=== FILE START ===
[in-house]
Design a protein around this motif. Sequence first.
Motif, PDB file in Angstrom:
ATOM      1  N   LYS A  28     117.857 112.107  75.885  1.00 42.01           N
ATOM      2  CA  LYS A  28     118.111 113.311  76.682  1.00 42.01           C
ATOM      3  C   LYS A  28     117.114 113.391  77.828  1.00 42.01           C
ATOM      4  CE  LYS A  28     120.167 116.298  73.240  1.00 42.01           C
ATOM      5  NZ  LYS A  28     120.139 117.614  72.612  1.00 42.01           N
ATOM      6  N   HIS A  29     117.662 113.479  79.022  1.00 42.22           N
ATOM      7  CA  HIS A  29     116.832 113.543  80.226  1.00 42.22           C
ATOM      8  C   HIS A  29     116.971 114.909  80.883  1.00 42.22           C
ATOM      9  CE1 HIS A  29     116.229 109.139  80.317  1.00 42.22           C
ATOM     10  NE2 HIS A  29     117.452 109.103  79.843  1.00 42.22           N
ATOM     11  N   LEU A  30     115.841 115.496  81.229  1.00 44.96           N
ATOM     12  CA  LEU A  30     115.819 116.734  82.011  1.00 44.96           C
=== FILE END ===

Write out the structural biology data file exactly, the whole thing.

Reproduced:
[in-house]
Design a protein around this motif. Sequence first.
Motif, PDB file in Angstrom:
ATOM      1  N   LYS A  28     117.857 112.107  75.885  1.00 42.01           N
ATOM      2  CA  LYS A  28     118.111 113.311  76.682  1.00 42.01           C
ATOM      3  C   LYS A  28     117.114 113.391  77.828  1.00 42.01           C
ATOM      4  CE  LYS A  28     120.167 116.298  73.240  1.00 42.01           C
ATOM      5  NZ  LYS A  28     120.139 117.614  72.612  1.00 42.01           N
ATOM      6  N   HIS A  29     117.662 113.479  79.022  1.00 42.22           N
ATOM      7  CA  HIS A  29     116.832 113.543  80.226  1.00 42.22           C
ATOM      8  C   HIS A  29     116.971 114.909  80.883  1.00 42.22           C
ATOM      9  CE1 HIS A  29     116.229 109.139  80.317  1.00 42.22           C
ATOM     10  NE2 HIS A  29     117.452 109.103  79.843  1.00 42.22           N
ATOM     11  N   LEU A  30     115.841 115.496  81.229  1.00 44.96           N
ATOM     12  CA  LEU A  30     115.819 116.734  82.011  1.00 44.96           C